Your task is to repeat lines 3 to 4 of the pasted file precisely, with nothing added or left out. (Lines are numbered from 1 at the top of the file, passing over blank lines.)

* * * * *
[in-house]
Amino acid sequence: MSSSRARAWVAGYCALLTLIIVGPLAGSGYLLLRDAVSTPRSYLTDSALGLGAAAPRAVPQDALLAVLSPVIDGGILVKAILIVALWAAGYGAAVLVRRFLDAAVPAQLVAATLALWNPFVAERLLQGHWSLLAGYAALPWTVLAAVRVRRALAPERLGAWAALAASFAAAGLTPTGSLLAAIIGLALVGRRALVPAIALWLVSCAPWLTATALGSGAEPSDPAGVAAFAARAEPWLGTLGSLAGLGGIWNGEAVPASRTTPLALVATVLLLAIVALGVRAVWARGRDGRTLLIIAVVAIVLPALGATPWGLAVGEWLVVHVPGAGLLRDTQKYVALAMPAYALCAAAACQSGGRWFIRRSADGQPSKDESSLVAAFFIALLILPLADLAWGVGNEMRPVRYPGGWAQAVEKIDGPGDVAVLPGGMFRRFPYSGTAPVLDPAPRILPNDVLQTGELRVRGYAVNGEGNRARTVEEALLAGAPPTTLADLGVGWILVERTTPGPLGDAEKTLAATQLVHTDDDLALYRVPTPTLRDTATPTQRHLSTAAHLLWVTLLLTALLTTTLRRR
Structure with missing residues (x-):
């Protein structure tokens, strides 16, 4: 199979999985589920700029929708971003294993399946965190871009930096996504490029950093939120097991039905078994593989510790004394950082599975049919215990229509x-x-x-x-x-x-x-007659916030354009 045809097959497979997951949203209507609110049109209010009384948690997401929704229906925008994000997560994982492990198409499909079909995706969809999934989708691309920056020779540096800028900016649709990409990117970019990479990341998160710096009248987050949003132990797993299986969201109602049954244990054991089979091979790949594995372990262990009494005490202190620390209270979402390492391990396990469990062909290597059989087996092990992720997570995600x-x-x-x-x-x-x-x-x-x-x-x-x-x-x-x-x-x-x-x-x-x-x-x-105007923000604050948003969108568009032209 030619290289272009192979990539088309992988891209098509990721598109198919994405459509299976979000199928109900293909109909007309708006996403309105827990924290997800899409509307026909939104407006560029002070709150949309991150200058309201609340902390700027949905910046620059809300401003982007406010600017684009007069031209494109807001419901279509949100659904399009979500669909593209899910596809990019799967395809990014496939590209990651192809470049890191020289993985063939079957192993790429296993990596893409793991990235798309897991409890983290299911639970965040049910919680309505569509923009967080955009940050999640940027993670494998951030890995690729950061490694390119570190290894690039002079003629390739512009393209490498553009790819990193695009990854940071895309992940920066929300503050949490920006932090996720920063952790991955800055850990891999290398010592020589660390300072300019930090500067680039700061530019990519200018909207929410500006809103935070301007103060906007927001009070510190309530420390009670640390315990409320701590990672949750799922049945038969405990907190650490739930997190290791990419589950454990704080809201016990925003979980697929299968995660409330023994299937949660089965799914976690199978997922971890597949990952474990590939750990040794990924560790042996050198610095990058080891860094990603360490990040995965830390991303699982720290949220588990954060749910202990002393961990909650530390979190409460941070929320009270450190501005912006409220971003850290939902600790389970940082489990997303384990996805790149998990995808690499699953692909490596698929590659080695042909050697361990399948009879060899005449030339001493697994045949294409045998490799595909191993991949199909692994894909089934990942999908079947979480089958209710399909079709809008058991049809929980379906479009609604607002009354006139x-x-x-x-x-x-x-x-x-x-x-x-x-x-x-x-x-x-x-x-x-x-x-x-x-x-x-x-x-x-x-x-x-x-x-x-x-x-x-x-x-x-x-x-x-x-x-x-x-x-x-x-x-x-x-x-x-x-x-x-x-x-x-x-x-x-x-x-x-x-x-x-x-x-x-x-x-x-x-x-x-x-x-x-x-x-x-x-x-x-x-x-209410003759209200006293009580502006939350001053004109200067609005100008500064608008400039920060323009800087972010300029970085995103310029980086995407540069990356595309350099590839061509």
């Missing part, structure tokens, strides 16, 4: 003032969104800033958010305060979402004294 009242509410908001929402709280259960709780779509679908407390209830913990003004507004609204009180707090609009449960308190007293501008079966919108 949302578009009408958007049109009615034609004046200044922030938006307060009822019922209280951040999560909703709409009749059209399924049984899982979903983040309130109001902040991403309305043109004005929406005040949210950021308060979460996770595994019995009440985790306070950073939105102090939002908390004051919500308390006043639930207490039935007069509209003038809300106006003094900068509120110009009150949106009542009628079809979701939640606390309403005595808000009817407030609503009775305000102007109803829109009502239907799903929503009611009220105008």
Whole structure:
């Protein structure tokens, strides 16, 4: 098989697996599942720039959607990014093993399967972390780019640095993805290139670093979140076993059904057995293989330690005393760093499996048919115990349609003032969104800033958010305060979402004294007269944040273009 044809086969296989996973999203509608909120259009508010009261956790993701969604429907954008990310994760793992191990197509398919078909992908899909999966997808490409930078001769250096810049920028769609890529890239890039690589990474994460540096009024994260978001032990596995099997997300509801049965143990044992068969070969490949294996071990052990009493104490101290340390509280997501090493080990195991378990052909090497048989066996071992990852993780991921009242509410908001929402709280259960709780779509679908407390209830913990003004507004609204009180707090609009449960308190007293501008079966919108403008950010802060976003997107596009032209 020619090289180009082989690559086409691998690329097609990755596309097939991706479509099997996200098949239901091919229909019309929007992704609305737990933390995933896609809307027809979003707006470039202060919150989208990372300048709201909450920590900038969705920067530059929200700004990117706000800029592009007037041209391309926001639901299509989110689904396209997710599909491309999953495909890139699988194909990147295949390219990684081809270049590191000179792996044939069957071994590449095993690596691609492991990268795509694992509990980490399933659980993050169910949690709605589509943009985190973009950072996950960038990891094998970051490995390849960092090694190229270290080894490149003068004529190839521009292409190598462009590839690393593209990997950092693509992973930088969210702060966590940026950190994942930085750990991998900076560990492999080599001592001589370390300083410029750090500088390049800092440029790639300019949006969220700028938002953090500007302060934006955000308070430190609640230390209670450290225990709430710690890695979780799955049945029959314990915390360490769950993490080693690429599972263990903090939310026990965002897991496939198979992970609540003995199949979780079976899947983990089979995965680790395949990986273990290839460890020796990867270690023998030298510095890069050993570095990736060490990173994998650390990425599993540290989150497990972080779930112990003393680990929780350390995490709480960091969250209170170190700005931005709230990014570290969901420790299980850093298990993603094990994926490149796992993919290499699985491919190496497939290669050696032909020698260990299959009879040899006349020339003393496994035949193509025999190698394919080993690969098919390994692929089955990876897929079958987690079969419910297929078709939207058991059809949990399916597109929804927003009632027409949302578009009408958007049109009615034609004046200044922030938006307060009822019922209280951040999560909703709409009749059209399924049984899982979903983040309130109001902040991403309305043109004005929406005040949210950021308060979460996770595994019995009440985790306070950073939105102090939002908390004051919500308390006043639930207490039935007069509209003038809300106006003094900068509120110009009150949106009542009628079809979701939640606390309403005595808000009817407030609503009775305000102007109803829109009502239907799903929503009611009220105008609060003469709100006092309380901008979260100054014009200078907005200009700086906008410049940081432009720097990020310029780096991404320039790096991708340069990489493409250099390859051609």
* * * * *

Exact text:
Structure with missing residues (x-):
């Protein structure tokens, strides 16, 4: 199979999985589920700029929708971003294993399946965190871009930096996504490029950093939120097991039905078994593989510790004394950082599975049919215990229509x-x-x-x-x-x-x-007659916030354009 045809097959497979997951949203209507609110049109209010009384948690997401929704229906925008994000997560994982492990198409499909079909995706969809999934989708691309920056020779540096800028900016649709990409990117970019990479990341998160710096009248987050949003132990797993299986969201109602049954244990054991089979091979790949594995372990262990009494005490202190620390209270979402390492391990396990469990062909290597059989087996092990992720997570995600x-x-x-x-x-x-x-x-x-x-x-x-x-x-x-x-x-x-x-x-x-x-x-x-105007923000604050948003969108568009032209 030619290289272009192979990539088309992988891209098509990721598109198919994405459509299976979000199928109900293909109909007309708006996403309105827990924290997800899409509307026909939104407006560029002070709150949309991150200058309201609340902390700027949905910046620059809300401003982007406010600017684009007069031209494109807001419901279509949100659904399009979500669909593209899910596809990019799967395809990014496939590209990651192809470049890191020289993985063939079957192993790429296993990596893409793991990235798309897991409890983290299911639970965040049910919680309505569509923009967080955009940050999640940027993670494998951030890995690729950061490694390119570190290894690039002079003629390739512009393209490498553009790819990193695009990854940071895309992940920066929300503050949490920006932090996720920063952790991955800055850990891999290398010592020589660390300072300019930090500067680039700061530019990519200018909207929410500006809103935070301007103060906007927001009070510190309530420390009670640390315990409320701590990672949750799922049945038969405990907190650490739930997190290791990419589950454990704080809201016990925003979980697929299968995660409330023994299937949660089965799914976690199978997922971890597949990952474990590939750990040794990924560790042996050198610095990058080891860094990603360490990040995965830390991303699982720290949220588990954060749910202990002393961990909650530390979190409460941070929320009270450190501005912006409220971003850290939902600790389970940082489990997303384990996805790149998990995808690499699953692909490596698929590659080695042909050697361990399948009879060899005449030339001493697994045949294409045998490799595909191993991949199909692994894909089934990942999908079947979480089958209710399909079709809008058991049809929980379906479009609604607002009354006139x-x-x-x-x-x-x-x-x-x-x-x-x-x-x-x-x-x-x-x-x-x-x-x-x-x-x-x-x-x-x-x-x-x-x-x-x-x-x-x-x-x-x-x-x-x-x-x-x-x-x-x-x-x-x-x-x-x-x-x-x-x-x-x-x-x-x-x-x-x-x-x-x-x-x-x-x-x-x-x-x-x-x-x-x-x-x-x-x-x-x-x-209410003759209200006293009580502006939350001053004109200067609005100008500064608008400039920060323009800087972010300029970085995103310029980086995407540069990356595309350099590839061509």